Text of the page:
Wednesday, January 5, 2011

Save Bandwidth, Chop Youtube

If you are among the lucky users who has access to YouTube in your school (I can't believe I just said that - but that's a discussion for another post), then you know that there are a multitude of educational videos available at the site. Whether it's a clip from DiscoveryNetworks, Tedtalksdirector or MIT, there is a plethora of videos you can share with your students to motivate and engage them.  But unless you have a dedicated T1 in each classroom you have probably dealt with the dreaded load time, lags and dropped connections. Sure you can cue up the video and let it buffer, but who has time for that before every class?  Luckily, there's a tool out there that can help you with all of these issues.  It's called TubeChop and you don't even need an account to use it.

All you have to do is paste the link to the Youtube video.  In this example, we'll use an MIT video on Single Variable Calculus: http://www.youtube.com/watch?v=8rAo0cN-b2w That video is a little over 32 minutes long (much more than I could personally handle), but the part we are interested in is only 30 seconds long about 13 minutes into the video.  Once you paste the link into tubechop and click search it will import the video from Youtube.  You'll see a button titled "chopit".  Once you click the button, you'll be presented with a fairly simple editor.  You can either use the start and end segments to manually enter the appropriate times or you can use the sliders.  When you click chop it again, a page like this one will open.  You'll have a number of sharing options (eg., Twitter, Facebook, etc) as well as a link to the file and embed code to add to your favorite blog or wiki.  There's also an option for comments that you could easily use for class discussions and a link to the original video.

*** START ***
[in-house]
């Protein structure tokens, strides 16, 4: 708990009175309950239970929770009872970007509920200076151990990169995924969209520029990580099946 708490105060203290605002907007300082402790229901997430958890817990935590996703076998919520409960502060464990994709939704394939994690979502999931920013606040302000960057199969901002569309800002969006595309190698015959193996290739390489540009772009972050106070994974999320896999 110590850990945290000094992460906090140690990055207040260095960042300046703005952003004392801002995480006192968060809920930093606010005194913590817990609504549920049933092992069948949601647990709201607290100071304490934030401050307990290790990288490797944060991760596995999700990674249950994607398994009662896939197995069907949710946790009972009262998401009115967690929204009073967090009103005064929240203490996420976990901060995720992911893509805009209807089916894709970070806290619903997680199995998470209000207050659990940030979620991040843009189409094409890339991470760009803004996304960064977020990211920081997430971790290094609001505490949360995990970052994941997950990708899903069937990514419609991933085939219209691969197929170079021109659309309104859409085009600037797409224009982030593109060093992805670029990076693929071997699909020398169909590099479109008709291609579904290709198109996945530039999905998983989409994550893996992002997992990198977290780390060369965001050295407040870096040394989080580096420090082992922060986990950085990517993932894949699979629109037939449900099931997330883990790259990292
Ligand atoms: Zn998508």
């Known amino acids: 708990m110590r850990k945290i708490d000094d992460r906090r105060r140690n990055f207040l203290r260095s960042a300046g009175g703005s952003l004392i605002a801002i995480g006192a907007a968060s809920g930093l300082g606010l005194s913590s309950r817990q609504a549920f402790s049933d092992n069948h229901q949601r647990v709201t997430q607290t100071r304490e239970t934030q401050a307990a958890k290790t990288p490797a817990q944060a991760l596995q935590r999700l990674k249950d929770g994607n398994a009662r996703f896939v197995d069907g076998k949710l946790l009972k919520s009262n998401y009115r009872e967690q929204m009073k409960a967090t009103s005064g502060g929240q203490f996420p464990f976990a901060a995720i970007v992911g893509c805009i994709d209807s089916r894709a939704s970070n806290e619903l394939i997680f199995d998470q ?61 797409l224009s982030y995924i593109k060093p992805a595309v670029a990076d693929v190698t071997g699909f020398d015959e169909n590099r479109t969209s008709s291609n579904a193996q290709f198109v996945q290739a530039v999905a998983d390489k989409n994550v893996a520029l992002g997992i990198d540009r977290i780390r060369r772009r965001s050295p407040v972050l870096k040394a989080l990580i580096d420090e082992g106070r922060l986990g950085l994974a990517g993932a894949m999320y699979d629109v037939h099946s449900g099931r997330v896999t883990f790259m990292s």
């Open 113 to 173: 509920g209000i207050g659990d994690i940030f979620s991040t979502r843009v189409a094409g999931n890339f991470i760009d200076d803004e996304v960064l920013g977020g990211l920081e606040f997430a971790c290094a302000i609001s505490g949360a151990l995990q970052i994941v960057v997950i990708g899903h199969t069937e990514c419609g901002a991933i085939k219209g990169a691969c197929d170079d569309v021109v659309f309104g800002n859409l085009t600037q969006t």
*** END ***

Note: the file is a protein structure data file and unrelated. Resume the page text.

That's it.  Now you can pull up the 30 second clip - no fuss, no muss, no lag!
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